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Organizations often hesitate to create single-identity learning & development programs. Women’s leadership development has been the main exception, leaving out LGBTQ+ folx, POCs, and others as lesser priorities. However, since leadership development is human development, program offerings must reflect the diversity of our talent.
Jennifer and her team run mid-career LGBTQ+ leadership development programs for two major banks, while Dominic’s Flourishing Gays Mastermind program is exclusively for highly accomplished LGBTQ+ men. Through sharing their own personal stories and professional experiences, Dominic and Jennifer shed light on the need for–and the value of–developing inclusive leaders through programs exclusively tailored to LGBTQ+ professionals.
- Recognize how LGBTQ+ leadership development helps employers to retain & develop LGBTQ+ talent
- See how identity-based programs develop the kinds of leaders most needed for today & the future
- Discover the unique challenges and potential for leadership development of LGBTQ+ professionals
The following is an uncorrected transcript generated by a transcription service. Before quoting in print, please check the corresponding audio for accuracy.
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Ben Rue: Hello, and thank you for joining us for today’s podcast, Exclusive Programs for Inclusive Leaders. The Case for LGBTQ+ Leadership Development, with Jennifer Brown, of Jennifer Brown Consulting, and Dominic Longo, of Flourishing Gays. I’m Ben Rue, Program Associate here at the Forum on Workplace Inclusion. Organizations often hesitate to create single identity learning and development programs. Women’s leadership development has been the main exception, leaving LGBTQ+ folks, people of color, and others, as lesser priorities. However, since leadership development is human development, program offerings must reflect the diversity of our talent.
In this podcast, Jennifer and Dominic will make the case for identity-based leadership development for LGBTQ+ professionals, drawing on their experiences designing and facilitating such programs. Jennifer and her team run mid-career LGBTQ+ leadership development programs for two major banks, while Dominic’s Flourishing Gays mastermind program is exclusively for highly accomplished LGBTQ+ men. Through sharing their own personal stories and professional experiences, Dominic and Jennifer shed light on the need and the value of developing inclusive leaders through programs exclusively tailored for LGBTQ+ professionals.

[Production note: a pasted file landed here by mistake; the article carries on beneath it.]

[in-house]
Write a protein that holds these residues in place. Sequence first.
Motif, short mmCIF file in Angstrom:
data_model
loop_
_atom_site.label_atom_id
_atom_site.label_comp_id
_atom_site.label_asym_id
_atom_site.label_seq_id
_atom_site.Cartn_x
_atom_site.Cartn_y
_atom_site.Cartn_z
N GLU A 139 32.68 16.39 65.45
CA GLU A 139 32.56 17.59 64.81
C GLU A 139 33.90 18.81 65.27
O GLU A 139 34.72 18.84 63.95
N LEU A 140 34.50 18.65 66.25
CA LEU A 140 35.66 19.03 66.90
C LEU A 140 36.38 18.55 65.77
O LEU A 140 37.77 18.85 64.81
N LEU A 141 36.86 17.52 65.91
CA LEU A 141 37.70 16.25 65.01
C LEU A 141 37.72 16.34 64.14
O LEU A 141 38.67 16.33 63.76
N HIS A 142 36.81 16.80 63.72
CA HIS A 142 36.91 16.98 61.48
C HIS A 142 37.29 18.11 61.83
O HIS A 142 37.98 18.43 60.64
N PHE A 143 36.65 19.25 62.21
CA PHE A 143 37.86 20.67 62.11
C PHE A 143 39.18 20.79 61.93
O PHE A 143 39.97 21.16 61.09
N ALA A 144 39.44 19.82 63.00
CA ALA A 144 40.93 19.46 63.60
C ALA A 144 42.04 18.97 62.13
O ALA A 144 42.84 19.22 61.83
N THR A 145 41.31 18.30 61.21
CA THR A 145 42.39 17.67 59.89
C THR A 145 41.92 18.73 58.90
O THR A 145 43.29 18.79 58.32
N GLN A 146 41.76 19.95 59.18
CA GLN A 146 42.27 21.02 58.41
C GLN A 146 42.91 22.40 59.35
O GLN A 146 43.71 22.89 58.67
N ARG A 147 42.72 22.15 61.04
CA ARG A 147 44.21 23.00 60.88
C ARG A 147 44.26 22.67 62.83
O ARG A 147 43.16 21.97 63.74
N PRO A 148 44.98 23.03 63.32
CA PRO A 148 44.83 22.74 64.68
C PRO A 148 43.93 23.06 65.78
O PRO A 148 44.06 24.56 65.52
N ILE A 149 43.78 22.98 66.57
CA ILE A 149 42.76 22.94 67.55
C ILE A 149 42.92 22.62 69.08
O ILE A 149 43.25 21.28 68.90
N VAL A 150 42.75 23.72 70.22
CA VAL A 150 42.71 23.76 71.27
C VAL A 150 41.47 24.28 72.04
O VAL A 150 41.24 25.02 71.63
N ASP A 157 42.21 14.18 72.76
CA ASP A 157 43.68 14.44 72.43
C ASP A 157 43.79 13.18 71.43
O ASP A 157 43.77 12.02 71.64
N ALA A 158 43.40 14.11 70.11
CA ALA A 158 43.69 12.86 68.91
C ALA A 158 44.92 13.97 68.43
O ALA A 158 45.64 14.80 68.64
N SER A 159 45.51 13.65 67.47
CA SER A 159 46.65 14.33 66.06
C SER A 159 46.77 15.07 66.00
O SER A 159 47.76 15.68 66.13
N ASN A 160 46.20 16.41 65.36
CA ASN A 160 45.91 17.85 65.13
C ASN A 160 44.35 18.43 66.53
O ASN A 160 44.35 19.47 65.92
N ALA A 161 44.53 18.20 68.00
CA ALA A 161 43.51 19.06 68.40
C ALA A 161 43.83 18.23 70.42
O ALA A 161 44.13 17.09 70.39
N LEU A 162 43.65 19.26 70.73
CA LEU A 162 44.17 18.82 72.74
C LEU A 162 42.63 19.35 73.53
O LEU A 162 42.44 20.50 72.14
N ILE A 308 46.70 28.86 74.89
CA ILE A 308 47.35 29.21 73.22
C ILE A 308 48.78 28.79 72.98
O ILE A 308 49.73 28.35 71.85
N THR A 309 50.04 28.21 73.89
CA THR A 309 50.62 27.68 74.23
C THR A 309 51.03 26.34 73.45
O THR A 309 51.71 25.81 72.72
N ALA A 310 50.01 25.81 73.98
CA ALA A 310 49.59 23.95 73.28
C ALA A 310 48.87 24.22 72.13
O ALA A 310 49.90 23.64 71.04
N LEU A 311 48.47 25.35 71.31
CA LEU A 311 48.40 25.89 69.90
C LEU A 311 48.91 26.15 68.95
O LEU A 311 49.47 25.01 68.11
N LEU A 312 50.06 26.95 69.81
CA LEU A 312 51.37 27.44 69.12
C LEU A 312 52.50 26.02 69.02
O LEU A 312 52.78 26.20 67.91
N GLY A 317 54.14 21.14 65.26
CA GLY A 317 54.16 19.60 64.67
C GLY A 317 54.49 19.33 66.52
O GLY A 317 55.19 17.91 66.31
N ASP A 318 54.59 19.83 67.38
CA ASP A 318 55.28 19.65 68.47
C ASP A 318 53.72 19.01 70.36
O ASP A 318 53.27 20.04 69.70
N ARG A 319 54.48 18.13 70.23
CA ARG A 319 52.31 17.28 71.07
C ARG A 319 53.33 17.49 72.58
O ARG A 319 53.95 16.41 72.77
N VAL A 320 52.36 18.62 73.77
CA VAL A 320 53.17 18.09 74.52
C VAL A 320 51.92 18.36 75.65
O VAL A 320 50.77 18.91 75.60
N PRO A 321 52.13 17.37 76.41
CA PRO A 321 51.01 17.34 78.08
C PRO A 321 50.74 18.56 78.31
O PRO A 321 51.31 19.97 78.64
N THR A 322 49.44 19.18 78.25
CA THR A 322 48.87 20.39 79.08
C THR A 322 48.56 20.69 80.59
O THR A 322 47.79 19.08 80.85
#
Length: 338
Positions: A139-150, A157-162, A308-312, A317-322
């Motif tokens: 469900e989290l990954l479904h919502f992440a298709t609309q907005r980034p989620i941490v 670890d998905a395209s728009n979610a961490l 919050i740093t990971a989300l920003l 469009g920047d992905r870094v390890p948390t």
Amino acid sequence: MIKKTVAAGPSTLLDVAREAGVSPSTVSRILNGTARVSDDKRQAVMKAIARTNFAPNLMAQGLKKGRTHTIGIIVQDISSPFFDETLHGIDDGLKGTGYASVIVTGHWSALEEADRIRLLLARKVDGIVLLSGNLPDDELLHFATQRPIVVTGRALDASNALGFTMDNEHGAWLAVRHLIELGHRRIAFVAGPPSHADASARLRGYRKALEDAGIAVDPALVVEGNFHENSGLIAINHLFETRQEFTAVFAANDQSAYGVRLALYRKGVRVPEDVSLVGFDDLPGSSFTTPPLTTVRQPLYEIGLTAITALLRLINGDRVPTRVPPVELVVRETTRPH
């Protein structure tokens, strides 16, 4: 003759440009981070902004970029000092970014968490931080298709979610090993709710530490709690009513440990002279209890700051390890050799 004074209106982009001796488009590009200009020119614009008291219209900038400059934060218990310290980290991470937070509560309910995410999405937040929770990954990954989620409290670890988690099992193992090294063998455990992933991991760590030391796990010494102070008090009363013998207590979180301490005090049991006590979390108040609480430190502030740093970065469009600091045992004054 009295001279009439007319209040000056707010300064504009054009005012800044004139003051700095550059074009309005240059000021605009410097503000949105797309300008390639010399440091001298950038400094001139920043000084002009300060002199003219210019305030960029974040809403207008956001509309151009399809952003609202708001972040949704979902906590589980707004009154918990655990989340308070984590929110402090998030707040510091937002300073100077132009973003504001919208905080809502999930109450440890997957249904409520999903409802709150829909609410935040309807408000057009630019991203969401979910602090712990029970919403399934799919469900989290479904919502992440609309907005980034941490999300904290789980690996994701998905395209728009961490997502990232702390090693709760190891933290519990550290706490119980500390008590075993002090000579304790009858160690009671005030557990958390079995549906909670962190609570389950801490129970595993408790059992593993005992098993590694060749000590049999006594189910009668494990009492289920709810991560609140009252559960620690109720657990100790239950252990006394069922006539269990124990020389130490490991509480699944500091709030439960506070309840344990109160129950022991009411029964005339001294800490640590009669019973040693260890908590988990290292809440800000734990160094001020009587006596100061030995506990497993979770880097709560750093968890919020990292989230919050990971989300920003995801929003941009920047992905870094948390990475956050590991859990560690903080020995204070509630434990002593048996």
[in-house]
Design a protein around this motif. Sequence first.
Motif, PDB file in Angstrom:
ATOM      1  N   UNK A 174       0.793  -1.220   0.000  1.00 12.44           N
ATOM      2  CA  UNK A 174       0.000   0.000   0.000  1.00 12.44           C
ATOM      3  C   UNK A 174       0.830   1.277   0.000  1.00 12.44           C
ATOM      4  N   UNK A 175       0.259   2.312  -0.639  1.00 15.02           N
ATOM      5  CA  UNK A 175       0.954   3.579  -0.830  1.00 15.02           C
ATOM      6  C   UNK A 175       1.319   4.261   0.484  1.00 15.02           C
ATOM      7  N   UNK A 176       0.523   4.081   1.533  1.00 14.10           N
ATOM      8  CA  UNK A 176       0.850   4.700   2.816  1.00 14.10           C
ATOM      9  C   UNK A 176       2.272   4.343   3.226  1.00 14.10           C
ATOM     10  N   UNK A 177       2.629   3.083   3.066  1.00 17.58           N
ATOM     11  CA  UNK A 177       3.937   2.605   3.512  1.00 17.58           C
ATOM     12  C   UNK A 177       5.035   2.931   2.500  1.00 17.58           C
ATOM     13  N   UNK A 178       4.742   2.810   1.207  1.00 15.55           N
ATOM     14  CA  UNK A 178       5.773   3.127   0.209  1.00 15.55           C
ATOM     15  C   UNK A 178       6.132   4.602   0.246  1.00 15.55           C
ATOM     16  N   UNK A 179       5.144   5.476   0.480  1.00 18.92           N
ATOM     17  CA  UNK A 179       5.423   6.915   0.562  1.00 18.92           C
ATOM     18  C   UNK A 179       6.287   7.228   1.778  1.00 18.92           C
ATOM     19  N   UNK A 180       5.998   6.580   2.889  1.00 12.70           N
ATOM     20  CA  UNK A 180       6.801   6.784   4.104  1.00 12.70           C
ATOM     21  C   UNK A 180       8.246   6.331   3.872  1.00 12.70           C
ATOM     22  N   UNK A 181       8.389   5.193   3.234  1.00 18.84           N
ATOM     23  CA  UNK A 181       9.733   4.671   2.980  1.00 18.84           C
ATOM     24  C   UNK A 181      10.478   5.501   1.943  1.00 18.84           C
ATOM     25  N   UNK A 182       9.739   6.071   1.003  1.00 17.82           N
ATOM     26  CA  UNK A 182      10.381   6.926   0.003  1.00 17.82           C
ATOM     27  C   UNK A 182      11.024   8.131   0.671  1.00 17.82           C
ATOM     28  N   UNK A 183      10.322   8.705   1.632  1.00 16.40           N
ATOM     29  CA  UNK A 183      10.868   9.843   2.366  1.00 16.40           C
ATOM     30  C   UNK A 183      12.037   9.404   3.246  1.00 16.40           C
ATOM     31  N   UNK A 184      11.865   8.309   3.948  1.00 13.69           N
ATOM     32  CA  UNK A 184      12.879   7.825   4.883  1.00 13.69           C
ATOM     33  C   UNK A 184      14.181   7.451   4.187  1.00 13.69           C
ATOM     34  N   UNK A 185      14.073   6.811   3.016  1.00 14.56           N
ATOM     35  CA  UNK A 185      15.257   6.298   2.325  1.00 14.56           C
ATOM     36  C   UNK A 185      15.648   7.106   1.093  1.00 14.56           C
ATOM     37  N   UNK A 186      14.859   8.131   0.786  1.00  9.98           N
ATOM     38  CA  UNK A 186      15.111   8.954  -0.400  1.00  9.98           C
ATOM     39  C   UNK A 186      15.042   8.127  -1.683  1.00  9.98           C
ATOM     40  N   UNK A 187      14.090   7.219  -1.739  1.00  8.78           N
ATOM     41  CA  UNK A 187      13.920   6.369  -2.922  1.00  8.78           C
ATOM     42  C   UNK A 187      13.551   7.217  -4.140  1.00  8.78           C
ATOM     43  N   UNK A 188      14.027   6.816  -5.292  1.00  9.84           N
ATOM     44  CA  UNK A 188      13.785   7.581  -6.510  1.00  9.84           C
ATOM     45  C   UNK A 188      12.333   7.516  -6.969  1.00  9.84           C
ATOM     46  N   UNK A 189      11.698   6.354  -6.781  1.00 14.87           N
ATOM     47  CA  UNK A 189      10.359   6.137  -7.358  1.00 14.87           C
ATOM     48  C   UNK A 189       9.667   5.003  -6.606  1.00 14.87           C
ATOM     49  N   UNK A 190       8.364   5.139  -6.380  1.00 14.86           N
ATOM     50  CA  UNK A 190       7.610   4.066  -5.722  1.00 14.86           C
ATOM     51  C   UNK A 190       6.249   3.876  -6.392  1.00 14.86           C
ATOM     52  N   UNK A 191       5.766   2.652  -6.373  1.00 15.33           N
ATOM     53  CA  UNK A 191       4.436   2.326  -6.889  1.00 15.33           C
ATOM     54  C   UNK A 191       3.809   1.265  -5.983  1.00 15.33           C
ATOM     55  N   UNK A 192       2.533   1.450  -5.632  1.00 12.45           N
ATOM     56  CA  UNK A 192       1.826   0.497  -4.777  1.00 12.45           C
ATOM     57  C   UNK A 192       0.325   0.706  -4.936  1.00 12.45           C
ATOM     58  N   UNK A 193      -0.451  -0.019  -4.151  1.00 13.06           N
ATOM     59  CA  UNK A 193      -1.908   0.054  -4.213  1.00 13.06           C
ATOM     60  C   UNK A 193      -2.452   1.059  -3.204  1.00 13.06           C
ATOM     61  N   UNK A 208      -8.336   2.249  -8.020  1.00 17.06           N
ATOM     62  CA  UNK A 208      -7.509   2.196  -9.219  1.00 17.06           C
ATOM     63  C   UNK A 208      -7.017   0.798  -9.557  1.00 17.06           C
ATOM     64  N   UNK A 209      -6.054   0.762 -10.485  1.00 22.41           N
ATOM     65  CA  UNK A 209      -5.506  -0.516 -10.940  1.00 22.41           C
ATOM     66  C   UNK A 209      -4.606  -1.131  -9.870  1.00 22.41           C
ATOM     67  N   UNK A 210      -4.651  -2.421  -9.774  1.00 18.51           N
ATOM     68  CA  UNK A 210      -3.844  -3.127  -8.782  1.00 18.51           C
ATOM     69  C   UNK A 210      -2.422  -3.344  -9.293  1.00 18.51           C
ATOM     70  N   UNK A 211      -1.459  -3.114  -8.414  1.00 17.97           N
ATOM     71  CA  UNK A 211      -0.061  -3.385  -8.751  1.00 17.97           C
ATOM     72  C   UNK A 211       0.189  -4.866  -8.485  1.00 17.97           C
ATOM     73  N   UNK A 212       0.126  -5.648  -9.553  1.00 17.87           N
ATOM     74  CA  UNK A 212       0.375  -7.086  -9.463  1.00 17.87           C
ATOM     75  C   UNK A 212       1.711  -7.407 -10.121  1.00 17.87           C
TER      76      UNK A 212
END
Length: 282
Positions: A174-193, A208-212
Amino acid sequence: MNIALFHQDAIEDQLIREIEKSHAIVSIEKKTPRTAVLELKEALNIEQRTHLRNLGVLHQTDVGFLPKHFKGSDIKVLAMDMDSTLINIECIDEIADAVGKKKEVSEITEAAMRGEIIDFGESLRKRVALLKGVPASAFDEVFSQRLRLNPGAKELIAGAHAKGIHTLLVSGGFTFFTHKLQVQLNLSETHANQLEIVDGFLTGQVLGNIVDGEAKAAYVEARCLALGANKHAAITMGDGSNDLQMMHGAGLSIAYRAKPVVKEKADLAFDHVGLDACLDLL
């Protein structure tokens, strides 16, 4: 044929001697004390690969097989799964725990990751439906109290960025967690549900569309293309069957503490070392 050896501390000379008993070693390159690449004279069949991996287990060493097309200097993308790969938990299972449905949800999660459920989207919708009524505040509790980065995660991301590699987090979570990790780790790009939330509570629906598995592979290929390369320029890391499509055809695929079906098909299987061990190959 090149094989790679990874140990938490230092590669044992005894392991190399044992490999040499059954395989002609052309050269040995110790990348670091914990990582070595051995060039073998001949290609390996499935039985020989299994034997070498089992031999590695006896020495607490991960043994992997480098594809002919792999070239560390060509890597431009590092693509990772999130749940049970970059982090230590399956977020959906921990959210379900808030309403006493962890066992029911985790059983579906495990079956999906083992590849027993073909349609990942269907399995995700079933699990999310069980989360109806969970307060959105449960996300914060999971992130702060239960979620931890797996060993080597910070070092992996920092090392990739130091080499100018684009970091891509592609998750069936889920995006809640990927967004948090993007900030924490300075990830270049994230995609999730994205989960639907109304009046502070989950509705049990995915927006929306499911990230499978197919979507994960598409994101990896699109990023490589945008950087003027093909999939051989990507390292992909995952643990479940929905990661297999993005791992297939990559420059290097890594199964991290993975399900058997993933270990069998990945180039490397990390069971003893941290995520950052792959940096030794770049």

Listeners will learn to recognize how LGBTQ+ leadership development helps employers to retain and develop LGBTQ+ talent, see how identity-based programs develop the kinds of leaders most needed for today and the future, and discover the unique challenges and potential for leadership development of LGBTQ+ professionals. Jennifer Brown is an award-winning entrepreneur, dynamic speaker, and diversity and inclusion expert. She’s the founder and CEO of Jennifer Brown Consulting, a strategic leadership and development consulting firm that coaches business leaders worldwide on critical issues of talent and workplace strategy.
Brown is a [00:04:00] passionate advocate for social equality, [unintelligible 00:04:02] businesses foster healthier, more productive workplace cultures. Her book, Inclusion: Diversity, the New Workplace & the Will to Change, will inspire leadership to embrace the opportunity that diversity represents, and empower advocates to drive change that resonates in today’s world. Jennifer’s second book, How to Be an Inclusive Leader, is a shortlist OWL Award, and Nautilus Book Award winner in business categories, and provides a step-by-step guide for the personal and emotional journey we must undertake to create an inclusive workplace where everyone can thrive.
Flourishing Gays founder and managing director, Dominic Longo, PhD, draws on his diverse professional background in development and leadership for Flourishing Gays as a social enterprise. His greatest passion is flourishing the holistic development and transformation of individuals, communities, and organizations. Whether through mentoring, counseling, coaching, facilitating training, or teaching. Learning to flourish as a gay man has been a journey for Dominic, of creating and recreating himself and his form of life.